DIAGNOSIS of mental retardation, which must precede counseling, is the responsibility of the pediatrician or family physician. In the absence of certain stigmata such as hydrocephalus, microcephaly or unmistakable signs of mongolism, the diagnosis can seldom be made in the neonatal period. The physician should have his suspicions aroused by failure of the newly born infant to suck, cry, exhibit Moro and tonic neck reflexes on proper stimulus. However, predictions based on behavior in the first days of postnatal existence are best kept in the physician's mind or, perhaps, carefully inscribed on the hospital chart. Cyanosis, twitchings on frank convulsions in the postnatal period are ominous, but not necessarily followed by permanent damage. The physician must be as certain as possible in medical prognostication before making parents aware of his fears for the future mental development of their child.
As the infant progresses through the first few months of life he will give clearly discernible signs of mental development if he is normal. By the second month he should be looking at objects, and soon thereafter be able to follow a moving object with his eyes. By the third month he should respond with some facial expressivity to words, to the usual "clucking" sounds or low whistles, commonly directed at small infants. Somewhere between the second and sixth months the physician should be able to detect retarded mental development, preferably before the mother suspects anything is wrong. Dr. Watson believes that the physician should confine his opinions to himself, or a few judicious words entered on the chart, until he is quite certain of the retardation or until the mother raises the question.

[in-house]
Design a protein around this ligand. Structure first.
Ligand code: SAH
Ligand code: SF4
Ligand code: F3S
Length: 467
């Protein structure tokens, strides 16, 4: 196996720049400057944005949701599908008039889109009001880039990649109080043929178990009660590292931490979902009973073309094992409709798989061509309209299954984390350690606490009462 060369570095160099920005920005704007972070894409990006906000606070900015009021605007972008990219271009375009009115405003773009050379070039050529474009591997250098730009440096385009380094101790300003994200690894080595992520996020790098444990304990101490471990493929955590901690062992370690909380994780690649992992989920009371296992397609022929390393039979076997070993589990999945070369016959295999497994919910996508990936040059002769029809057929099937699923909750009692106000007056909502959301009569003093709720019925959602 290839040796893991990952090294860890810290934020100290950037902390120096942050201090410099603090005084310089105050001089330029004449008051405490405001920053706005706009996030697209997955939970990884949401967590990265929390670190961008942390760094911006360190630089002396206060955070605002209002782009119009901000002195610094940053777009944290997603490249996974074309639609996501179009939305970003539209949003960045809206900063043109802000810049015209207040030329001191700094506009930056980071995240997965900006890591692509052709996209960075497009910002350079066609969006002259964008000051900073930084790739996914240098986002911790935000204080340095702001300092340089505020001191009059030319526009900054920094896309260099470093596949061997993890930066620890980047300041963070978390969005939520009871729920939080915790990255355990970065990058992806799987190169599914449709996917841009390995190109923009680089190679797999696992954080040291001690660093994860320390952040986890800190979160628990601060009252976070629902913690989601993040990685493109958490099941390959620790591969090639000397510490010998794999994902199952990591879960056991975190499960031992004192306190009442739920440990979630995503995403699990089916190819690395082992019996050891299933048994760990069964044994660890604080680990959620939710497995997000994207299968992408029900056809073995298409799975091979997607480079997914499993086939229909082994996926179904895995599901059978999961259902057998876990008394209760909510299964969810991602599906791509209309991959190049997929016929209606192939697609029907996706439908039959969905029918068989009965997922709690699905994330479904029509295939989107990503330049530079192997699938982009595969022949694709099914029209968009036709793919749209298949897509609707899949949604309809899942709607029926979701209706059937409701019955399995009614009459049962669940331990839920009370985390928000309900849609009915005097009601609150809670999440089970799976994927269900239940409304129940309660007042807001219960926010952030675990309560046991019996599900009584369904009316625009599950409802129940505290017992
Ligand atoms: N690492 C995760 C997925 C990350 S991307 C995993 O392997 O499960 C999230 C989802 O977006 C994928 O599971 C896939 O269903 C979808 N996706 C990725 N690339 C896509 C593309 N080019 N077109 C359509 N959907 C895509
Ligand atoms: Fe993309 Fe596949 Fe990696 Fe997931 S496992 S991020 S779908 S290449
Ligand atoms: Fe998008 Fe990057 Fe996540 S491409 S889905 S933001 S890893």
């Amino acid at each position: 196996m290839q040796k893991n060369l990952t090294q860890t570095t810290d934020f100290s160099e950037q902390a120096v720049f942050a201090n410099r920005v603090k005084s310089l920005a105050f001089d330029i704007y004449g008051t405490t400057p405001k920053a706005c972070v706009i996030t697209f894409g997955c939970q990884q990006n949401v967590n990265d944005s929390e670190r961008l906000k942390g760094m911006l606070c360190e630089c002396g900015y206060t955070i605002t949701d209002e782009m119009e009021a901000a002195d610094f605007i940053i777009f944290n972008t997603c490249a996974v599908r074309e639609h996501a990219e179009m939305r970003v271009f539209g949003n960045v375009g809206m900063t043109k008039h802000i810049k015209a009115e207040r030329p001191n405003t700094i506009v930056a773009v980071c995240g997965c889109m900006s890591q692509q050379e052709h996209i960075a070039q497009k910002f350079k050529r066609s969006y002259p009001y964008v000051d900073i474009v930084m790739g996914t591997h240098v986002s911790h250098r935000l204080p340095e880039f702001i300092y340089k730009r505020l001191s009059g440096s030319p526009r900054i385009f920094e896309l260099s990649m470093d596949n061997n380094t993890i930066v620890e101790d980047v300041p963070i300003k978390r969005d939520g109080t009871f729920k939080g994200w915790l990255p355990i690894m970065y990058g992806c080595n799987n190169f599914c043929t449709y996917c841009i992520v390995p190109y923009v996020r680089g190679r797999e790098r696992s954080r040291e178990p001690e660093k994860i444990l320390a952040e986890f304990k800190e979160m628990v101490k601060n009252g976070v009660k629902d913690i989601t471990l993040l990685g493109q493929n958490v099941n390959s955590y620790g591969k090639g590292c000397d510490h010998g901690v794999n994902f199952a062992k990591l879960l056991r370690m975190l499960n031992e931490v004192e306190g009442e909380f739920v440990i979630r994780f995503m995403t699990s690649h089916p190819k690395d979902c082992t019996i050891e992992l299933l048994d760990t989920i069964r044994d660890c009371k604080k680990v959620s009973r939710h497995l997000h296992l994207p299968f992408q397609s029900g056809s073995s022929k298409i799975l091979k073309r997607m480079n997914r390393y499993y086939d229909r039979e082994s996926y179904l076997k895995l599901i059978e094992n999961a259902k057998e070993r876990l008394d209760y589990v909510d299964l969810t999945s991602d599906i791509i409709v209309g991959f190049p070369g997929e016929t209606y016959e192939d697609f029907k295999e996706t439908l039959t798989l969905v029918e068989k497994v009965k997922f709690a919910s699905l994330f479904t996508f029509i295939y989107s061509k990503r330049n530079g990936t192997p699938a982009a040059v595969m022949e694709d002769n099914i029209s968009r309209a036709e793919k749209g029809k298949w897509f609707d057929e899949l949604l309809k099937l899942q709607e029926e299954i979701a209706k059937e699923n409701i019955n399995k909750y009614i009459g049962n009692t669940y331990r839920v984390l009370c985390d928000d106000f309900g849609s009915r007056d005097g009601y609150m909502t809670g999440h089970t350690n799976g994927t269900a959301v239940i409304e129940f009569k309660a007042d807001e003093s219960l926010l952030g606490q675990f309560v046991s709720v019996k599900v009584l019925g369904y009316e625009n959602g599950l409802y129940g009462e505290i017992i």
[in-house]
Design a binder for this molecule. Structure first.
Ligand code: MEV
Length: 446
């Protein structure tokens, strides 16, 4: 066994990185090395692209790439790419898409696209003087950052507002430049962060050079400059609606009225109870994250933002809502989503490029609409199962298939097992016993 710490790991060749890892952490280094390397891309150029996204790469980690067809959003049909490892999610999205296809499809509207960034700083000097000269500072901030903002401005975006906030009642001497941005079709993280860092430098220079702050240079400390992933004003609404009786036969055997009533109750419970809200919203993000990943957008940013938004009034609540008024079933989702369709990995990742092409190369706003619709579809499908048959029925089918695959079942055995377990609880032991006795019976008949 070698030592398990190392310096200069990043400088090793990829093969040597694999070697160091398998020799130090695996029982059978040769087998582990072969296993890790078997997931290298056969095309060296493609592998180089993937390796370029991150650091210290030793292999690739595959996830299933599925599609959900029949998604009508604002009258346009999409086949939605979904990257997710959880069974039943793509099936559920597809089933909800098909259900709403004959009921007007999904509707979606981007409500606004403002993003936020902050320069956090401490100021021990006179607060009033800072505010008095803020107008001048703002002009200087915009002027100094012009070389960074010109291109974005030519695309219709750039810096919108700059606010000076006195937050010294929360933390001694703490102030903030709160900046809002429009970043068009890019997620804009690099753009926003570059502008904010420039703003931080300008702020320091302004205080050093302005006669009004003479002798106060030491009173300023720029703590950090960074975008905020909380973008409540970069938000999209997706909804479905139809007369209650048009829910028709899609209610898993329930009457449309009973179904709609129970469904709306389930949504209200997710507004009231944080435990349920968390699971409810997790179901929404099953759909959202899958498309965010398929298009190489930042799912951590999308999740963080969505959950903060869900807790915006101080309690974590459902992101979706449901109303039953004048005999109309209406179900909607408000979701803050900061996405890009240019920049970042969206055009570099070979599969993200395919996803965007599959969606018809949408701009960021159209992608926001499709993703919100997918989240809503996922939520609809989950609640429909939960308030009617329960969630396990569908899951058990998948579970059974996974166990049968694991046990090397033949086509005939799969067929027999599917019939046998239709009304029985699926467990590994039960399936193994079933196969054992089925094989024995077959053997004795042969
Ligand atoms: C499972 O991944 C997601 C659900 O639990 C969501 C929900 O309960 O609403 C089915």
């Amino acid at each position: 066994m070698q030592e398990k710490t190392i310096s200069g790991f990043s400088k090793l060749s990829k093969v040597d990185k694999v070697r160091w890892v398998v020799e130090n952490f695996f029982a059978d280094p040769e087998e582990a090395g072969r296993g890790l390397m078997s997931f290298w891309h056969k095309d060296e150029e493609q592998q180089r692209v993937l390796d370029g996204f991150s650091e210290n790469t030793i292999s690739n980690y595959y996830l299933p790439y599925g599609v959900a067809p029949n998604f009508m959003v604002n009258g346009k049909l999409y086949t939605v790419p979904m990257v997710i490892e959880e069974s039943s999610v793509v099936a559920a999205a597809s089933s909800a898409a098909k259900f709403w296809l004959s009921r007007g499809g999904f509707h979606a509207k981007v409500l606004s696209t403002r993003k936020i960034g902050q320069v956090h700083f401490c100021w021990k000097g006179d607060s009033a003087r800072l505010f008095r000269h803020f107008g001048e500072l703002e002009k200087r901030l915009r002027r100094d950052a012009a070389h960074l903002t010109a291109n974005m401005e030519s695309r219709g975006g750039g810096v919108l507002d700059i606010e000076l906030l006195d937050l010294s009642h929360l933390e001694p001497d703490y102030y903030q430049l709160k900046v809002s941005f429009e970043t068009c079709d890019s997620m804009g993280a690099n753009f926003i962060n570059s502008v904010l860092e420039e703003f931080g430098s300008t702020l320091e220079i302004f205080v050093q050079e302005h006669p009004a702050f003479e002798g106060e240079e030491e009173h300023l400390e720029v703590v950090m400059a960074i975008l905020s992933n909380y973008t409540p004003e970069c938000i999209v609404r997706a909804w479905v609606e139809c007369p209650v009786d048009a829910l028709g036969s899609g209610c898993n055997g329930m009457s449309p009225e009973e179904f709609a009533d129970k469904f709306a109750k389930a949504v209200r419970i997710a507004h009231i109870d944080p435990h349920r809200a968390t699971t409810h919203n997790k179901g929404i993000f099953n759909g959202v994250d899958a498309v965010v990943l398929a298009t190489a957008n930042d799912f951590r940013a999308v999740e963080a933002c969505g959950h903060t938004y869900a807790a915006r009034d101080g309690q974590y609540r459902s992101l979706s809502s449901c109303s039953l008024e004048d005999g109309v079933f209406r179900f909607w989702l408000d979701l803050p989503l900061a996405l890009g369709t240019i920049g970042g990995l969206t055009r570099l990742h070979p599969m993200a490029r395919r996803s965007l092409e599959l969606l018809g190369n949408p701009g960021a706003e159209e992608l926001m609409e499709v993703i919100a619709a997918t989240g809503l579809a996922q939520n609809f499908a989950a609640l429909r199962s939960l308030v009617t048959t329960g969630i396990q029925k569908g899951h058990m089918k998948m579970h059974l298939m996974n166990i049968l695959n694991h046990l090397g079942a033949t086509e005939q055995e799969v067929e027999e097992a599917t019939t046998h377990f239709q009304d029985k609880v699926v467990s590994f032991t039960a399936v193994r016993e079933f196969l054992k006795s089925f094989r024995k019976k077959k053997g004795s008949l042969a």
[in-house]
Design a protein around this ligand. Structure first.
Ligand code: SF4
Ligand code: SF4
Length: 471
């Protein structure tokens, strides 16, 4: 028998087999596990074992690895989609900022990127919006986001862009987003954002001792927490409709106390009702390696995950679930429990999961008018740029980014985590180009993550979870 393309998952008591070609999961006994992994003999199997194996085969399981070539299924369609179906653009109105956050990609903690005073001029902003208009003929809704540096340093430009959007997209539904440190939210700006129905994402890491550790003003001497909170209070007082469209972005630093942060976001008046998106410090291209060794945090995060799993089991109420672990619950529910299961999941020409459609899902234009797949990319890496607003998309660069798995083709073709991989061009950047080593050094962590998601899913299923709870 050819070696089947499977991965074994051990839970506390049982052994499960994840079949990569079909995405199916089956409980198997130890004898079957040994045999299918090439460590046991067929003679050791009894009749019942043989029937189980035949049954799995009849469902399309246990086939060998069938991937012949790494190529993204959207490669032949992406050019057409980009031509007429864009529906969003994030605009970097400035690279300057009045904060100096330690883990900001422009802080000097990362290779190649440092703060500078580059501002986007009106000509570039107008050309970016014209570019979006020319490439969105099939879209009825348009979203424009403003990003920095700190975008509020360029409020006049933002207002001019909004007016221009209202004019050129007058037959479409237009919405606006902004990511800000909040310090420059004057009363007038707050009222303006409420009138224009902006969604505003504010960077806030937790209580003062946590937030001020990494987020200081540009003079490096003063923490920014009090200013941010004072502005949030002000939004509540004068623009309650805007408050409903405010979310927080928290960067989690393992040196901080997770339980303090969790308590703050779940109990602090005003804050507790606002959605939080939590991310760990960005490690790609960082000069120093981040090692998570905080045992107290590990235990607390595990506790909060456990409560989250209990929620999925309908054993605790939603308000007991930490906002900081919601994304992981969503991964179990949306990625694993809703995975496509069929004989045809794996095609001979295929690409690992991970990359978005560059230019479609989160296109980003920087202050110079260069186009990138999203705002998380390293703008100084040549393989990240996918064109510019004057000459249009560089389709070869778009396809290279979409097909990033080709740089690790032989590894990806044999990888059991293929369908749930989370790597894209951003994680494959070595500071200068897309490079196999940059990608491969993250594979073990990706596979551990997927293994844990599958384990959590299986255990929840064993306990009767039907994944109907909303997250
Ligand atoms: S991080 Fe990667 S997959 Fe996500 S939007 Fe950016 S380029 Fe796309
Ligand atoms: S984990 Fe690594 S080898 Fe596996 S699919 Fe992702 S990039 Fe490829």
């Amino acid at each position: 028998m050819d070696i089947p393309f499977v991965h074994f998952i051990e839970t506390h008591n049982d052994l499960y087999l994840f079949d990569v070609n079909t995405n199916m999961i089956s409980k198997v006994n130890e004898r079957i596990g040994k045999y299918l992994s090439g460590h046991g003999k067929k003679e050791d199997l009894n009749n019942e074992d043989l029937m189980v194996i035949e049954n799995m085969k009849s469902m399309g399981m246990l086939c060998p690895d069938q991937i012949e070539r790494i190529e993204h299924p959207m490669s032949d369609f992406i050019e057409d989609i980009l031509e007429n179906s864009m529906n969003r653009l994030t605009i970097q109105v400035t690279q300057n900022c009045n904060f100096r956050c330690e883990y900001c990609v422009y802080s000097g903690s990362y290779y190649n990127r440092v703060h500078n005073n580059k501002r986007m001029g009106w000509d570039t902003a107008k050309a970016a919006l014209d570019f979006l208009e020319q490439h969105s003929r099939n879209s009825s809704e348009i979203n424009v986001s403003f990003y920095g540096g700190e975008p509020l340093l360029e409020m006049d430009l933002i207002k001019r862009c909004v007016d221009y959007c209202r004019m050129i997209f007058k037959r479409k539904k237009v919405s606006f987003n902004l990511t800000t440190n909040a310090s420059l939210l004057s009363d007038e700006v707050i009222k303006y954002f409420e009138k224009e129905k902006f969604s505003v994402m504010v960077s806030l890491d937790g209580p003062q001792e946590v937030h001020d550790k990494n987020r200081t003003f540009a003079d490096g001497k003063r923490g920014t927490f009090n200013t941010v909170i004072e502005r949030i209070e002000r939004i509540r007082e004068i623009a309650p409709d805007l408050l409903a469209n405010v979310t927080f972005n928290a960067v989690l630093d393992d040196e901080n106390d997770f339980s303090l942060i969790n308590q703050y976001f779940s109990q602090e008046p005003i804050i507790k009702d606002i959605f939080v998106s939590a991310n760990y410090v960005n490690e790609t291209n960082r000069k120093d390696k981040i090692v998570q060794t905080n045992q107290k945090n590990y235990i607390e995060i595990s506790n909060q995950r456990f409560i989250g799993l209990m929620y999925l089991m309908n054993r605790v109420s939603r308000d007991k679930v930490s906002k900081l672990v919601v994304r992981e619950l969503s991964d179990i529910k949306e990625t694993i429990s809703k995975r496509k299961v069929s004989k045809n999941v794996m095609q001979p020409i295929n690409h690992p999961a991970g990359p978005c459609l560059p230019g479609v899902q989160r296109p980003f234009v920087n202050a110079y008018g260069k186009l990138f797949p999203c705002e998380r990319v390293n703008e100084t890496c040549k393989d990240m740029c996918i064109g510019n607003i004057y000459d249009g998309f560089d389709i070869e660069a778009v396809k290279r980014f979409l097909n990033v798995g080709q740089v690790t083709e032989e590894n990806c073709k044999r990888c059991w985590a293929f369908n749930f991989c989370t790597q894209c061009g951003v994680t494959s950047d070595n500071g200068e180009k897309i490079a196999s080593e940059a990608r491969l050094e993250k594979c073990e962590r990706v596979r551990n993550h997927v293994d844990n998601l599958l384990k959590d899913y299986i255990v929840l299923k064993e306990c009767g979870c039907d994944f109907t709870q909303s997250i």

- Copyright © 1958 by the American Academy of Pediatrics